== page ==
Wilsons Raid was a cavalry operation through Alabama and Georgia in March–April 1865, late in the American Civil War. Thomas ordered Brig. Gen. James H. Wilson to lead a raid to destroy the arsenal at Selma, Selma was strategically important as one of the few Confederate military bases remaining in Southern hands. The town contained an arsenal, a foundry, gun factories, a powder mill, military warehouses. Wilson led approximately 13,500 men in three divisions, commanded by Brig, Edward M. McCook, Eli Long, and Emory Upton. Each cavalryman was armed with the formidable 7-shot Spencer repeating rifle, James R. Chalmers and William H. Jackson, two partial brigades under Brig. Gen. Philip D. Roddey and Colonel Edward Crossland, and a few local militia. Wilson was delayed in crossing the rain-swollen Tennessee River, but he got underway on March 22,1865, departing from Gravelly Springs in Lauderdale County, Alabama. He sent his forces in three columns to mask his intentions and confuse the enemy, Forrest learned very late in the raid that Selma was the primary target.
Minor skirmishes occurred at Houston and Black Warrior River, and Wilsons columns rejoined at Jasper on March 27, on March 28, at Elyton, near present-day Birmingham, another skirmish occurred and the Union troopers destroyed the Oxmoor and Irondale iron furnaces. A detachment of General Emory Uptons division destroyed the C. B. Churchill and Company foundry in Columbiana and they burned the University of Alabama at Tuscaloosa, the site of a prominent military school, on April 4. This movement diverted Chalmers division away from Forrests main force, on March 31, Forrest was routed by the larger, better-armed Union force at Montevallo. The cavalrymen under Chalmers had not arrived to reinforce Forrest, during the action, Forrests headquarters were overrun and documents captured that gave valuable intelligence concerning his plans. Wilson dispatched McCook to link up with Croxtons brigade at Trion, Forrest made a stand on April 1 at Plantersville, near Ebenezer Church, and was routed once again at the Battle of Ebenezer Church.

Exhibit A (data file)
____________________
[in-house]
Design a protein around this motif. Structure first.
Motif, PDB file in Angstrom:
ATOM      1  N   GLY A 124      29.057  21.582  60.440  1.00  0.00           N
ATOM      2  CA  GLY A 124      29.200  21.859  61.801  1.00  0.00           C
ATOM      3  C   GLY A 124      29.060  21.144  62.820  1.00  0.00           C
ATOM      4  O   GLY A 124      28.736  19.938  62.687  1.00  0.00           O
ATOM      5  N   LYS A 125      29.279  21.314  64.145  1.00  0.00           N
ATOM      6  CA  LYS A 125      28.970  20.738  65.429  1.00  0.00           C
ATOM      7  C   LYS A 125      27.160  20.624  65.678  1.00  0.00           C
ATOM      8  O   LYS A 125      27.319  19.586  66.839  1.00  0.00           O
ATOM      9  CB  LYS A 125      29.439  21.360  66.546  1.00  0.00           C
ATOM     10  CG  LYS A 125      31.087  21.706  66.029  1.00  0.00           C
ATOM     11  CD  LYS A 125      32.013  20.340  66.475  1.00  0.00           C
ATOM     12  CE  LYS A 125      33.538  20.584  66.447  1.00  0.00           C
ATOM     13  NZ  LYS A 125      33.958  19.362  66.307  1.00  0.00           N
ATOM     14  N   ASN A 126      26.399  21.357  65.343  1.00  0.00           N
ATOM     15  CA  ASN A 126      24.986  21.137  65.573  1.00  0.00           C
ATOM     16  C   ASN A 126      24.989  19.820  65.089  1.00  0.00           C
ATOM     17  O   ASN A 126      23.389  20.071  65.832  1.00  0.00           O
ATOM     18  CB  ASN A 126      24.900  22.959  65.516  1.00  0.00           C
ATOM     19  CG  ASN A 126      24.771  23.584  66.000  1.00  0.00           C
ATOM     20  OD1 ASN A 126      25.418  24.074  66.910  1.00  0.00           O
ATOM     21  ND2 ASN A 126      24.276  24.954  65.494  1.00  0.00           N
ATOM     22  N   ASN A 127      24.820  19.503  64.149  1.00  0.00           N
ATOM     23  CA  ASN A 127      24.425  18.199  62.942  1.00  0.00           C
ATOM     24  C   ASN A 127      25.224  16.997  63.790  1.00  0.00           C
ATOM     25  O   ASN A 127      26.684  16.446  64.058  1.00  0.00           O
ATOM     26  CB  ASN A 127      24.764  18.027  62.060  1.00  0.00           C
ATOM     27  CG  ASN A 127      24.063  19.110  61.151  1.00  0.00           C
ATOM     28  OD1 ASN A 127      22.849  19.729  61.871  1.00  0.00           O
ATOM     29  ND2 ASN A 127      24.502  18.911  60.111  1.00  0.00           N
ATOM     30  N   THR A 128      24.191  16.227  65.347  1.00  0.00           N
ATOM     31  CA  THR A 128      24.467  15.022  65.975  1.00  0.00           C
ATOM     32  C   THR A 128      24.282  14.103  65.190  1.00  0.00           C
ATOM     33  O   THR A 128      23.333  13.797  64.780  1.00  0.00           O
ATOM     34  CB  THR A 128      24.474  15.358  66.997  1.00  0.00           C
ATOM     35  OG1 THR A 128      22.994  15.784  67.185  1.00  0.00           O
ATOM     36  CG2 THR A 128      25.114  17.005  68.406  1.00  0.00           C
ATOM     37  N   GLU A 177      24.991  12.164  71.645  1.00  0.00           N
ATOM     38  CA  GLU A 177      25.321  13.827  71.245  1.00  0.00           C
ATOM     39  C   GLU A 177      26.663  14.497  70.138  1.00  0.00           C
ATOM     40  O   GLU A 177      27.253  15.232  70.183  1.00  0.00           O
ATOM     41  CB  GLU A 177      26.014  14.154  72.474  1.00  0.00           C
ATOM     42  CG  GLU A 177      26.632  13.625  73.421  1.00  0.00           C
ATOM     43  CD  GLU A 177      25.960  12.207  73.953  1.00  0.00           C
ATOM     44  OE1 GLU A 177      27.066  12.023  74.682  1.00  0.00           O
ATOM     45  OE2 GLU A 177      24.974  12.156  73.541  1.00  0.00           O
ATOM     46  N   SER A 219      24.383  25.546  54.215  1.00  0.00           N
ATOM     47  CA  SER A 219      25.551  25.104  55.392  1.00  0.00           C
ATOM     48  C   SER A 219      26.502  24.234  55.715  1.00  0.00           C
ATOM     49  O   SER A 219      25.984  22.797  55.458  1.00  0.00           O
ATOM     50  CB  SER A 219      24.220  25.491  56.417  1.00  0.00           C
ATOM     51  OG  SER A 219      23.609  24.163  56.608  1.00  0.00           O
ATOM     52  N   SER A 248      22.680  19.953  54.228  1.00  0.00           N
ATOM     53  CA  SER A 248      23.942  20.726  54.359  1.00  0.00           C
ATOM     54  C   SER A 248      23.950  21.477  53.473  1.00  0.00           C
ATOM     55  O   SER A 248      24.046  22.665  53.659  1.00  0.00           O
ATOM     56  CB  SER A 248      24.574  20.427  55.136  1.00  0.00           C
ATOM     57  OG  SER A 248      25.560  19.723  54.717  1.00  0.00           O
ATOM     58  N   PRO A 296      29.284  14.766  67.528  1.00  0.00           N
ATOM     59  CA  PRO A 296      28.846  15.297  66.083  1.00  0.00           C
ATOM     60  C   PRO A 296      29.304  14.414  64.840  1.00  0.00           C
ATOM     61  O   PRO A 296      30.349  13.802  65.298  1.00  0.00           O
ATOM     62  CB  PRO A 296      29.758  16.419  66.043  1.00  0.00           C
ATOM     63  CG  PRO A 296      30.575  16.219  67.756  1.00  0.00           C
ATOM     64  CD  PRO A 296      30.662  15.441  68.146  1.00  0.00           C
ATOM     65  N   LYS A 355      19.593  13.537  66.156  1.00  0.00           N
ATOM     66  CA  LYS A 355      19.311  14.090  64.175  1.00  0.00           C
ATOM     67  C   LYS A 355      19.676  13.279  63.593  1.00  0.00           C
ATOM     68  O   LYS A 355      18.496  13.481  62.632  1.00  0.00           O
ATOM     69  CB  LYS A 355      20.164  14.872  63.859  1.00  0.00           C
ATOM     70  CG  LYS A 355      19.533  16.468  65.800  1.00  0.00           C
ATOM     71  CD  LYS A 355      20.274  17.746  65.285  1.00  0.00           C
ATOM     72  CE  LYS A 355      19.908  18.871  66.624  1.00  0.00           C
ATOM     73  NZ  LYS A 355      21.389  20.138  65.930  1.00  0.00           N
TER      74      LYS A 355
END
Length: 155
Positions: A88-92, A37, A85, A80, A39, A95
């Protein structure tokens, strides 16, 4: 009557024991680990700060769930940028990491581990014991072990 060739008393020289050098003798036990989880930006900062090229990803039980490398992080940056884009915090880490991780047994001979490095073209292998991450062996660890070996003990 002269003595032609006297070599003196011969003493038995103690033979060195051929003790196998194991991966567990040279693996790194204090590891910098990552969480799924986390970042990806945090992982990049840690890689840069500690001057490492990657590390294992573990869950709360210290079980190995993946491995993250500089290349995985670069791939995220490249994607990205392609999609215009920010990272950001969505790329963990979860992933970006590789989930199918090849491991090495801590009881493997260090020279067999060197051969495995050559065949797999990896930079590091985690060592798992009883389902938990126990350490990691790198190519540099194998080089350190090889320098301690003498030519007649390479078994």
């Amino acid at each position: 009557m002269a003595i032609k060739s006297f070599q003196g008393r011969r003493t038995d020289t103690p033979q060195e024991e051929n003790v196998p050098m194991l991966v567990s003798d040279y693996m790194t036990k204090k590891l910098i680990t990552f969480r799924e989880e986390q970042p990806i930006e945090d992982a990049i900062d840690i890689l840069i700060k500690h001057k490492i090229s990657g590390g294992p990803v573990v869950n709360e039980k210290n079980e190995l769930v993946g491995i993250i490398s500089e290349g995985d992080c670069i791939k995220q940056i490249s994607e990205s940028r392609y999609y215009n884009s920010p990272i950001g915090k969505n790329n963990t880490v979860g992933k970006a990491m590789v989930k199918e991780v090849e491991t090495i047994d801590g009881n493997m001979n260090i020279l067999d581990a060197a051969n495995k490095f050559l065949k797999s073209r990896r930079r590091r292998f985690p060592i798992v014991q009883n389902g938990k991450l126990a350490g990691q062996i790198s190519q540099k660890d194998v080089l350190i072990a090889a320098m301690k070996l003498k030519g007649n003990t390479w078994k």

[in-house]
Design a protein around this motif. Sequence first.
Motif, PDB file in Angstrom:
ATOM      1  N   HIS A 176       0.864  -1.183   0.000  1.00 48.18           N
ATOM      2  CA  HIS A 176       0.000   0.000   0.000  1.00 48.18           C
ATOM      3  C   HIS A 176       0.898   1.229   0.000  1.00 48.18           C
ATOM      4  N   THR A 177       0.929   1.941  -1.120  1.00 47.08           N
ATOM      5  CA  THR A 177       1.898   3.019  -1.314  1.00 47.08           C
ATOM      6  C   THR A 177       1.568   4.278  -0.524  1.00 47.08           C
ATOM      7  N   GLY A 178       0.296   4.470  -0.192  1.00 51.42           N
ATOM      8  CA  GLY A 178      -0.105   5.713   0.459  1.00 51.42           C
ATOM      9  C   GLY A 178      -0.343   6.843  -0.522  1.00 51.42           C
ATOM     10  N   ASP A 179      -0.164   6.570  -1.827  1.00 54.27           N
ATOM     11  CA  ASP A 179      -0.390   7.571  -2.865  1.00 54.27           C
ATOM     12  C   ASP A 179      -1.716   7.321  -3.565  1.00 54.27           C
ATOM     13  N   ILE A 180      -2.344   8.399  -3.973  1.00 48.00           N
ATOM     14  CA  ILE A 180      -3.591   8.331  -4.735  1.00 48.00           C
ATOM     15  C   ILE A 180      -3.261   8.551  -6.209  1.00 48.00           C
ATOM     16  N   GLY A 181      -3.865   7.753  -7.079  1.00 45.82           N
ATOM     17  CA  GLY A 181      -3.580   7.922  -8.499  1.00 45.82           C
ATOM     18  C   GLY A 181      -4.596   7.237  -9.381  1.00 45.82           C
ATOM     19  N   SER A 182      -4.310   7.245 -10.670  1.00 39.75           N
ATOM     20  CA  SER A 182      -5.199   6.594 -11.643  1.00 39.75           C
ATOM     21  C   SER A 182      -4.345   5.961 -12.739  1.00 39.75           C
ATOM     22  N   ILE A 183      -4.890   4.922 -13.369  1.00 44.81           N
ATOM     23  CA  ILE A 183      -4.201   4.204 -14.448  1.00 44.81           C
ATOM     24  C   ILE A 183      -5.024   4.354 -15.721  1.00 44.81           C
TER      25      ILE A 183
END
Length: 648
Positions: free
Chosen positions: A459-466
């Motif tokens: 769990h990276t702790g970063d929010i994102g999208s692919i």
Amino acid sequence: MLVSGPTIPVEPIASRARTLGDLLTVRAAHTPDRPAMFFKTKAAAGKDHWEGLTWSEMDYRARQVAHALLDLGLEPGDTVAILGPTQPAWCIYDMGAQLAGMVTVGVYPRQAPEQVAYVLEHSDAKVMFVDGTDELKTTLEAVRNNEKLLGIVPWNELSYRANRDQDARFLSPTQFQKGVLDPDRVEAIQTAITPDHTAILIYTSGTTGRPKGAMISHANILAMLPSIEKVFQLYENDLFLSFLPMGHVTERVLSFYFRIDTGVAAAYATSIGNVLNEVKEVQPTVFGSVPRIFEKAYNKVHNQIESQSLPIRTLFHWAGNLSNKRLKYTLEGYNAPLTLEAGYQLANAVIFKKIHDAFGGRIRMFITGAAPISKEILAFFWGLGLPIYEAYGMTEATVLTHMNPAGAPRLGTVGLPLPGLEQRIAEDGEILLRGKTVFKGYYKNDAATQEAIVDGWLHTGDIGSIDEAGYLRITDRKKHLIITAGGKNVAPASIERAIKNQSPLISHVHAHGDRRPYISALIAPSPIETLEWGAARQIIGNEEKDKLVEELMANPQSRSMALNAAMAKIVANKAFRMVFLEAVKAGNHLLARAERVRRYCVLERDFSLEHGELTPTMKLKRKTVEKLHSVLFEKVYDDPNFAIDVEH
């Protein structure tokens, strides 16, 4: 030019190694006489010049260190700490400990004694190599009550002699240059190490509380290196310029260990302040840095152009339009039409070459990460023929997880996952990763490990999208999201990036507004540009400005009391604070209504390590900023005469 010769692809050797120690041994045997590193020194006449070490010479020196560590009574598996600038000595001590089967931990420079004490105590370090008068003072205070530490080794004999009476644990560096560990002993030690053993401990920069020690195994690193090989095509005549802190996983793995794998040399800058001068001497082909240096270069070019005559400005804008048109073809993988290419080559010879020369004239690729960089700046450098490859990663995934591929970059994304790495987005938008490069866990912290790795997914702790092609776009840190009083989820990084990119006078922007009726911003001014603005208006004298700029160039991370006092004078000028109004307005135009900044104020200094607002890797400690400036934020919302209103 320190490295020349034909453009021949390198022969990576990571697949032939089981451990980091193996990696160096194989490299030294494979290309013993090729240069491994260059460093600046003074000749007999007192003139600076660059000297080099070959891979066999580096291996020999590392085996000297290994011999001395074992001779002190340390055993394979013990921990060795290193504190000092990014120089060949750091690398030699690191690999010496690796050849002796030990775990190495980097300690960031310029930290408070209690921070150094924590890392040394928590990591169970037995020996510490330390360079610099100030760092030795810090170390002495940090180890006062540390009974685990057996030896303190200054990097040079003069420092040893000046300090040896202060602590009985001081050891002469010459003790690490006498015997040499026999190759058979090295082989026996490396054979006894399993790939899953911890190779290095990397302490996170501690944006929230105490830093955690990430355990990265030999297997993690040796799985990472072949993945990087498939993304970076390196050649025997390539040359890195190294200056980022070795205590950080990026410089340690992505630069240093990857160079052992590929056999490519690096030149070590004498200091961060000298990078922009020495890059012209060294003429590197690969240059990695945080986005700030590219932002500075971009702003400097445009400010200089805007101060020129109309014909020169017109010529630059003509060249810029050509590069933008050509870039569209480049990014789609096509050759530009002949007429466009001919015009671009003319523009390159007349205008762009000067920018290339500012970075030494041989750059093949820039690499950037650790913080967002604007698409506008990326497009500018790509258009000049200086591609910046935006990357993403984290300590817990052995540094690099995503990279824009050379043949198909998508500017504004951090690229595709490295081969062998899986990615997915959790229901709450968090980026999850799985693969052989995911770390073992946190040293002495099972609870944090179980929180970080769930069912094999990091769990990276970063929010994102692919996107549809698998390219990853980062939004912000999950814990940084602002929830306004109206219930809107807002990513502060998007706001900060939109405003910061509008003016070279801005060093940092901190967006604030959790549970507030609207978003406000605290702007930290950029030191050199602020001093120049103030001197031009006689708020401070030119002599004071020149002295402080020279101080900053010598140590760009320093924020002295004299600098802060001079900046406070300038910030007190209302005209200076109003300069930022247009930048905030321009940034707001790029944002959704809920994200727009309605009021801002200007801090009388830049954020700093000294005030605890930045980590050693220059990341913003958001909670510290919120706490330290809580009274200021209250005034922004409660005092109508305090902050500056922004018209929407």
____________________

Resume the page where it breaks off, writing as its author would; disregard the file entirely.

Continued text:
The Confederates raced toward Selma and deployed into a three-mile, semicircular defensive line anchored at both ends by the Alabama River, the Battle of Selma took place on April 2. The divisions of Long and Upton assaulted Forrests hastily constructed works, General Wilson personally led a mounted charge of the 4th U. S. Cavalry against an unfinished portion of the line. General Long was severely wounded in the head during the assault, who was wounded, and whose tiny corps was severely damaged, regrouped at Marion, where he finally rejoined Chalmers. Wilsons men worked for over a week at destroying military facilities, from there, Wilsons forces moved toward Montgomery, which they occupied on April 12. Before Wilson could do just that, there were several key bridges over the Chattahoochee River that needed taking, one such bridge led into the town of West Point. To avoid any delay in the raid, Wilson separated his force sending a 3, the Battle of West Point, was fought on Easter Sunday, April 16, when Colonel Oscar Hugh La Granges brigade attacked an earthwork defensive position named Fort Tyler
Louis-Napoléon Bonaparte was the only President of the French Second Republic and, as Napoleon III, the Emperor of the Second French Empire. He was the nephew and heir of Napoleon I and he was the first President of France to be elected by a direct popular vote. He remains the longest-serving French head of state since the French Revolution, during the first years of the Empire, Napoleons government imposed censorship and harsh repressive measures against his opponents. Some six thousand were imprisoned or sent to penal colonies until 1859, thousands more went into voluntary exile abroad, including Victor Hugo. From 1862 onwards, he relaxed government censorship, and his came to be known as the Liberal Empire. Many of his opponents returned to France and became members of the National Assembly, Napoleon III is best known today for his grand reconstruction of Paris, carried out by his prefect of the Seine, Baron Haussmann. He launched similar public works projects in Marseille, Napoleon III modernized the French banking system, greatly expanded and consolidated the French railway system, and made the French merchant marine the second largest in the world.